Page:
used to evaluate the performance of the extracted model. As training set we used the
sub-signal corresponding to the first week of our dataset. The remaining weeks are
used as test set. Our method consists in learning a model by extracting the scaling
factors with equation (5) from the signal v
. Equation (6) is used to estimate the
signal of the unseen traffic. The resulting series is then compared with the real signal
. To evaluate the accuracy of our model we performed the evaluation using two
other approaches. A first approach is based on a Backpropagation Multilayer Feedfor-
ward Neural Network [26]. A second approach is based on a naive predictor, which is
learned on the training set by extracting a single day model: the model is computed
by averaging, for each hour, the values observed during the training week. Clearly,
this trivial model is not robust against local variations and we use this as a base-
line, and to show the adaptability of our approach to the fluctuation of traffic flows.
Figure 9 compares the estimations made by the three approaches. Our DWT method
maintains the general shape of the curve but tends to overestimate the real traffic, in
particular during the daylight hours. The ANN approach, on the contrary, provides
volumes that are comparable with the VMP observations but it does not preserve the
general shape of traffic. Finally, the naive approach shows how the phenomenon can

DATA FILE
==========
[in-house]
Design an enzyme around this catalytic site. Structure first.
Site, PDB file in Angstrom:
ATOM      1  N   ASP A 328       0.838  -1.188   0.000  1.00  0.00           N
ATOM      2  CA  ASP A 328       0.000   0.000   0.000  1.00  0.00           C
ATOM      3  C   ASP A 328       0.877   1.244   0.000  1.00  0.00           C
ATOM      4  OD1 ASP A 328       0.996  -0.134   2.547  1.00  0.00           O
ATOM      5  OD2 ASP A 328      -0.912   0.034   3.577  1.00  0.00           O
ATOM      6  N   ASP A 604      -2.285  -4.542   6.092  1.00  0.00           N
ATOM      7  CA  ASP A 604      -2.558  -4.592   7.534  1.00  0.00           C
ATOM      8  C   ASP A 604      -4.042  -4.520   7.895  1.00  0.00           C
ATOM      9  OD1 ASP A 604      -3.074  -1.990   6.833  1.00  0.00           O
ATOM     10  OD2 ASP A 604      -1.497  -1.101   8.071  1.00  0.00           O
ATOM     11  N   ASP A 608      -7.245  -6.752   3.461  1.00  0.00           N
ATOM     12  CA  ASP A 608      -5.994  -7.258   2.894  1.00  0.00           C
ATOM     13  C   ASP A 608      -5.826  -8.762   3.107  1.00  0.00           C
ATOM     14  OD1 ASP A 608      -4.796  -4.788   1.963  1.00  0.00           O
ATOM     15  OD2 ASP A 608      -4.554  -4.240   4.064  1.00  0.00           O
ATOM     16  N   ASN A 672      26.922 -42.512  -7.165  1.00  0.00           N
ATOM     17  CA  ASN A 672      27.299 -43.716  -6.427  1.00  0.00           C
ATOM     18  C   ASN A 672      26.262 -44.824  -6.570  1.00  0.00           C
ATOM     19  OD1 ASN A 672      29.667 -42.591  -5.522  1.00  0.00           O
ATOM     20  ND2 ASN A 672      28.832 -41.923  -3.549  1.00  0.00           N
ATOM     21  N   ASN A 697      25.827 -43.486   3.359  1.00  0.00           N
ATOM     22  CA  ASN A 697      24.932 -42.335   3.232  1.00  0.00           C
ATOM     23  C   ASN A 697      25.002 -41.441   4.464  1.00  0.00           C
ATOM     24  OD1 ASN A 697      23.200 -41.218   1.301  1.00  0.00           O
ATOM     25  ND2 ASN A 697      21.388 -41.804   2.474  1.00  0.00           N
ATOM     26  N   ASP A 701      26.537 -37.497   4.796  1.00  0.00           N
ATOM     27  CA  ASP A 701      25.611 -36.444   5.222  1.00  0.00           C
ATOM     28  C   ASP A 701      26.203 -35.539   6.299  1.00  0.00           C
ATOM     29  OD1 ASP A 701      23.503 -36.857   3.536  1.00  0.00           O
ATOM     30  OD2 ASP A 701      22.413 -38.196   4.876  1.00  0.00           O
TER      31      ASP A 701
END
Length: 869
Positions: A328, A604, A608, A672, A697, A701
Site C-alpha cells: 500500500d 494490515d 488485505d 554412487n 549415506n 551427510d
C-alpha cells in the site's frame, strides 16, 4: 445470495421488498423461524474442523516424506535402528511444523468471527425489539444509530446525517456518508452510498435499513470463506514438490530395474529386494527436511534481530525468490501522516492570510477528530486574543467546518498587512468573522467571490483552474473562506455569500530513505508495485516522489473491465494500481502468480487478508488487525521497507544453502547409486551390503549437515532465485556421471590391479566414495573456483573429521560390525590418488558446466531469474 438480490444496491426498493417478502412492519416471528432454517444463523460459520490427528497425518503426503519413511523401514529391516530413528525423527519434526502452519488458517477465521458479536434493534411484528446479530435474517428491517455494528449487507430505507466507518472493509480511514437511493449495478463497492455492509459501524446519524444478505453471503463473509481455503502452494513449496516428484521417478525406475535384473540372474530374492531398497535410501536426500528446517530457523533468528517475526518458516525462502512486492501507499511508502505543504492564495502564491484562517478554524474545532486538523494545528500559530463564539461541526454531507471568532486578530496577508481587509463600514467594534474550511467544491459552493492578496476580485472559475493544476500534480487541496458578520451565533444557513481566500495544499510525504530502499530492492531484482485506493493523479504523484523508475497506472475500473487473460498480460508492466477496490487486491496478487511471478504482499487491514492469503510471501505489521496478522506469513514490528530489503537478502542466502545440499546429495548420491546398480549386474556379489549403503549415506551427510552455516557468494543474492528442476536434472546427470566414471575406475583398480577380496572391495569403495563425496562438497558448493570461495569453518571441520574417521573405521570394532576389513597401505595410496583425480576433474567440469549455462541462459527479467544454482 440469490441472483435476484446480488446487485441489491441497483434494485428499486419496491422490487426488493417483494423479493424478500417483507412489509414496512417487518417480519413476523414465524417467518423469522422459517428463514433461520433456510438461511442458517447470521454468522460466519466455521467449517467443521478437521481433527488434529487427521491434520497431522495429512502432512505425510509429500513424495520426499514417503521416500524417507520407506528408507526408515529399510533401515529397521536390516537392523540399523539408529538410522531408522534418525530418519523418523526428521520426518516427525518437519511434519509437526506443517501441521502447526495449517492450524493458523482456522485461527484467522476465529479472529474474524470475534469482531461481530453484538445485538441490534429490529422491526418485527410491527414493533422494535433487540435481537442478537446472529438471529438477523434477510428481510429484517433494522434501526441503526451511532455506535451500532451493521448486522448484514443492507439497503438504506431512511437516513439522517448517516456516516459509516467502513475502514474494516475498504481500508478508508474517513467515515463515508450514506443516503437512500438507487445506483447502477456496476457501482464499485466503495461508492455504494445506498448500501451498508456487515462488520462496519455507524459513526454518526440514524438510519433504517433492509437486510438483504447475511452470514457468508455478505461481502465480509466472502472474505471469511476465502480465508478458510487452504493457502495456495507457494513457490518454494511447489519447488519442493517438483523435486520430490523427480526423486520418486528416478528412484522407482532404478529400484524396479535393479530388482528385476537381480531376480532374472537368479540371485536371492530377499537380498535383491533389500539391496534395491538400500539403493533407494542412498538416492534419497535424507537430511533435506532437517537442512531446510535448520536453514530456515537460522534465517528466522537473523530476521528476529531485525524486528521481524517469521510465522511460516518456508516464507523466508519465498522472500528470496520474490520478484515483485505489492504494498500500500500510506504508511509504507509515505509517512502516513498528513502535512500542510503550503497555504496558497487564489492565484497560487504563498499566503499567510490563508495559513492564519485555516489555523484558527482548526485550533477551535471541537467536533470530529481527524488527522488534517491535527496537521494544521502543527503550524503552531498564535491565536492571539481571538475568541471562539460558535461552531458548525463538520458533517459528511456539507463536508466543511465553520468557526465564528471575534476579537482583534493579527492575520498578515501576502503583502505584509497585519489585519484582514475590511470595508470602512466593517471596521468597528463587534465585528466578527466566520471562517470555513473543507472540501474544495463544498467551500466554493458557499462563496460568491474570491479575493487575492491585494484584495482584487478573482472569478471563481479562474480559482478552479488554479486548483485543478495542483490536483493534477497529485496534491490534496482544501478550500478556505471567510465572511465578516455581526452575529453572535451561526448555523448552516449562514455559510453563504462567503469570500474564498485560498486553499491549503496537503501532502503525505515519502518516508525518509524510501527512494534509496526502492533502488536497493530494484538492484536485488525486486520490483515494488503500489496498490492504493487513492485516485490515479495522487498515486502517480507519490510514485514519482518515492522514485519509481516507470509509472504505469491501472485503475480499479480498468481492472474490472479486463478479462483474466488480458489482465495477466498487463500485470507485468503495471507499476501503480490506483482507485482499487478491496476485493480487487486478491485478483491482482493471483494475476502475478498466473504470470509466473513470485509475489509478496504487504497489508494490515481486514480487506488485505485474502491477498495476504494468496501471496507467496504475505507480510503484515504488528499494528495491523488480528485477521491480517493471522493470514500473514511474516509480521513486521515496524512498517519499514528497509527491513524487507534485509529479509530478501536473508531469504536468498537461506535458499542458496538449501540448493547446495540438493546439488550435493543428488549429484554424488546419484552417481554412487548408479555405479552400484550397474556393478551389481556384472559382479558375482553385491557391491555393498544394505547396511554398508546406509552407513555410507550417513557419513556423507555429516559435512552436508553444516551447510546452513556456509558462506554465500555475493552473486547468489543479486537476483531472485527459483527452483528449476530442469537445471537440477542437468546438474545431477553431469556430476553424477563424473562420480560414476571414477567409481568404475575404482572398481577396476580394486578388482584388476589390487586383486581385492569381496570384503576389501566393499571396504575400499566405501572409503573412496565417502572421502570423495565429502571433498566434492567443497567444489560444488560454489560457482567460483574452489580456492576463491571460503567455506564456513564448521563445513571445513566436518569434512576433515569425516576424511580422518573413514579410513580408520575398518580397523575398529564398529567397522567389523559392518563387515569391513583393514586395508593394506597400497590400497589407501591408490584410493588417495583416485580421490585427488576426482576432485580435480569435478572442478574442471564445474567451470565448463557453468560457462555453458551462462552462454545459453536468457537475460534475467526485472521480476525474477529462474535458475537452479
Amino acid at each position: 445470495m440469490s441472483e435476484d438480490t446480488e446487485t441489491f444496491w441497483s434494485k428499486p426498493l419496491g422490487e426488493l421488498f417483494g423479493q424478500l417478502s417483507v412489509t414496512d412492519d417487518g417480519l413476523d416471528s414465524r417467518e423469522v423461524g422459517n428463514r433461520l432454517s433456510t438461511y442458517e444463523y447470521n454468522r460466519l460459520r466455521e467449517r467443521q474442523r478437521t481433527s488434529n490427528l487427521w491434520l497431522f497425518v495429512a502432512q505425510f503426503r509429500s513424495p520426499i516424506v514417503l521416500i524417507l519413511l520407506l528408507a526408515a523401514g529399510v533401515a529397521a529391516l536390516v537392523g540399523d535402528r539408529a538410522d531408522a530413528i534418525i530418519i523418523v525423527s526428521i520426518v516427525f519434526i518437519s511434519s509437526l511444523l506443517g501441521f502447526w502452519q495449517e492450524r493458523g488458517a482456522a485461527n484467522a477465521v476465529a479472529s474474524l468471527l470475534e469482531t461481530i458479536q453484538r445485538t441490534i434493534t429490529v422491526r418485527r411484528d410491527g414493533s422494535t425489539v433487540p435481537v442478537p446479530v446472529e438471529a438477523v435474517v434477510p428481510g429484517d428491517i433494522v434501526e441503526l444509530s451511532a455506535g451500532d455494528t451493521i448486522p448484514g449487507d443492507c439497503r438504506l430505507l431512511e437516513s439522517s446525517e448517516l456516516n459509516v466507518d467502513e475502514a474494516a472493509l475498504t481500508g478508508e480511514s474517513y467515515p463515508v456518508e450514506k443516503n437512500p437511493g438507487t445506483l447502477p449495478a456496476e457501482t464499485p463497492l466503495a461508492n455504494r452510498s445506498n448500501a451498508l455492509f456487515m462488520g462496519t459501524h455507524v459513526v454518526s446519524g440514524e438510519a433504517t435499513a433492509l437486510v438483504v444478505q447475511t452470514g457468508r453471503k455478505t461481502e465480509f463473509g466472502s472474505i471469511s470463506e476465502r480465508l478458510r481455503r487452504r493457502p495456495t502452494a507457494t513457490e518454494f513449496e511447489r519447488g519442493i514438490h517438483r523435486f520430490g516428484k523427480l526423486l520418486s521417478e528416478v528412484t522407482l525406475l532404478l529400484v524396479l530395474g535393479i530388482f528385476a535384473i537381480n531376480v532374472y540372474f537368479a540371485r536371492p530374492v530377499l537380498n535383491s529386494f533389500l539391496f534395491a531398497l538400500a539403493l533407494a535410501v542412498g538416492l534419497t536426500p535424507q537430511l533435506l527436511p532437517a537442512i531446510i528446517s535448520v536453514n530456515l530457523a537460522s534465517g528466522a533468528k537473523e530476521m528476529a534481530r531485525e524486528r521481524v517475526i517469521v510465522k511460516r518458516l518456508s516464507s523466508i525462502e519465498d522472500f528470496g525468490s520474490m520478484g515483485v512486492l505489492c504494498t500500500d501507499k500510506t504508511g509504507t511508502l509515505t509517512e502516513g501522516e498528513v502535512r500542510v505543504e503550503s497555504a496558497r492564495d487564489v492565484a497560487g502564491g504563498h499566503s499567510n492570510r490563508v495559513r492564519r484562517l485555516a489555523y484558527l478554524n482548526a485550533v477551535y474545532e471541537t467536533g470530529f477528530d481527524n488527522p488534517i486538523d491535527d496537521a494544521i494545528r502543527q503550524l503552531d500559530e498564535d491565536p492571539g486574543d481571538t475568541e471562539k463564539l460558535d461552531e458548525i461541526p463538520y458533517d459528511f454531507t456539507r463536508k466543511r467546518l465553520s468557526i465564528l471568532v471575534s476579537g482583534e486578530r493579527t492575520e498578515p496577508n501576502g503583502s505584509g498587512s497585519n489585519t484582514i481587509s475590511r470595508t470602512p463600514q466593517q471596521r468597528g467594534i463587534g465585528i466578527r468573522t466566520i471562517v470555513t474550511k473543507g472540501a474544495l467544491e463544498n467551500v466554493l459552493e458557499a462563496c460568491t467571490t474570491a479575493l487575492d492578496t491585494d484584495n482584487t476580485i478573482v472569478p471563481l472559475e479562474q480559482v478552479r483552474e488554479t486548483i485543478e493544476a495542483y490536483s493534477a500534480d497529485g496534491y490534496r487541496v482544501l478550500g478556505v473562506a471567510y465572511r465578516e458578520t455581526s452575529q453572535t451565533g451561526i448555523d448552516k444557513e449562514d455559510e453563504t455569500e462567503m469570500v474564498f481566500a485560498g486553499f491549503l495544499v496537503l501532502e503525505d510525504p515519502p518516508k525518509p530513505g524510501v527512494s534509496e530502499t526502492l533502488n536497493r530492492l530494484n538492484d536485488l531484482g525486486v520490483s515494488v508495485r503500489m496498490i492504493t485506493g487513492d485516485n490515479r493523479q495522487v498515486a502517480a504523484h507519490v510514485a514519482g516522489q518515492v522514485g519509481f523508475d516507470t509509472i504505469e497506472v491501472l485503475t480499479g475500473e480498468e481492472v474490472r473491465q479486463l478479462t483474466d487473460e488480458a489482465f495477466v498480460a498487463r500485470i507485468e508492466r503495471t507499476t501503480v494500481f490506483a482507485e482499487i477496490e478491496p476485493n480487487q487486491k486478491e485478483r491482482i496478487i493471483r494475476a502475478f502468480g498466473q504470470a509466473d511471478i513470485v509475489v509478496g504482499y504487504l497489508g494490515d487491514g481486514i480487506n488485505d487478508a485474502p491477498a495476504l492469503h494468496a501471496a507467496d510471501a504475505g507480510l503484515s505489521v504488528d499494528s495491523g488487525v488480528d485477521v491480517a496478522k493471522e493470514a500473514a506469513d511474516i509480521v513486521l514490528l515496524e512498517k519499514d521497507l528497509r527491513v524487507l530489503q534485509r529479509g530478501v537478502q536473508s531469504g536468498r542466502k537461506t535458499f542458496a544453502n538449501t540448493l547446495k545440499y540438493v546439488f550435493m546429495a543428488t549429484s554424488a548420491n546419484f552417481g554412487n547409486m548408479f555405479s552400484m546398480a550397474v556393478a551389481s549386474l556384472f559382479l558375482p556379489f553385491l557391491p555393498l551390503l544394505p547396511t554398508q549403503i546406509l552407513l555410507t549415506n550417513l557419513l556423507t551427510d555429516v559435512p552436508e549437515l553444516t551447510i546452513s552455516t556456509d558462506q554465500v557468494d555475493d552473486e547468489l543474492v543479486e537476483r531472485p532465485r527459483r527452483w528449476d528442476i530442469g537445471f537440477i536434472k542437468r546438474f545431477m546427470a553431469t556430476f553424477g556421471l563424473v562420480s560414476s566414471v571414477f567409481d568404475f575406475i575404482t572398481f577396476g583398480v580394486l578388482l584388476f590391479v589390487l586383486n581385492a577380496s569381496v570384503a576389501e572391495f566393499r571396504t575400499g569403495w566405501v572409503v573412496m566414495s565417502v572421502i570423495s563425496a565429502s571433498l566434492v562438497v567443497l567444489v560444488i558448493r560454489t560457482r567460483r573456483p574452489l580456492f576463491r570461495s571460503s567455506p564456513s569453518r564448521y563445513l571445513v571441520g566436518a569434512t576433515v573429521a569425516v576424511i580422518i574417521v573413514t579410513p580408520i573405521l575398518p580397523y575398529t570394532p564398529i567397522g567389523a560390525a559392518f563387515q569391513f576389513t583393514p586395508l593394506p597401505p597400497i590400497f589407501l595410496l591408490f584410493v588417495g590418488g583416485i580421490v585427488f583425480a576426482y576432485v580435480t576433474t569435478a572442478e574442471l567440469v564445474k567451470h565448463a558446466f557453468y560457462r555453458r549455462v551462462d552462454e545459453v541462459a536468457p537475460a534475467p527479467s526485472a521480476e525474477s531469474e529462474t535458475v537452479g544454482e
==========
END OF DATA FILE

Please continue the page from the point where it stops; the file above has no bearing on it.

not be captured by a static model. Although the shape of the naive curve is similar
to the VMP curve, it tends to underestimate the real traffic and in particular the
first peak in the morning, corresponding to people going to work. Furthermore, since
it is a simple daily mean of the traffic in the observation period, it is not able to
discriminate between working and nonworking days.
Of the three approaches, ours gives a better approximation of evolution of traffic
during the week capturing the crucial peaks during the rush hours. The slight overes-
timation can be also acceptable in a monitoring scenario where, for example, an alert
72 The European Physical Journal Special Topics
Fig. 9. Comparisons of real traffic data against our approach (upper), a neural network
approach (center), and a naive approach (bottom).
should be raised when a given threshold is crossed, because the threshold can be set
according to the expected over-estimation.
5 Conclusions
In this paper we studied the patterns of human mobility by car using a large dataset
of GPS traces collected in central Italy. Since the GPS data pertain only to private
cars movements, we used our data to assess the validity of the general laws of mobility
derived from individual movements observed by means of GSM data. Moreover, we
focused on the analysis of local behavior and validity of the dataset by comparing the
observations with the ground-truth provided by real-traffic sensors. The experimental
settings showed a close correlation between the real traffic volume and the scaled GPS
flows obtained by means of a machine learning approach. The final part of the paper
introduces a method, based on historic data analysis, to monitor real time traffic.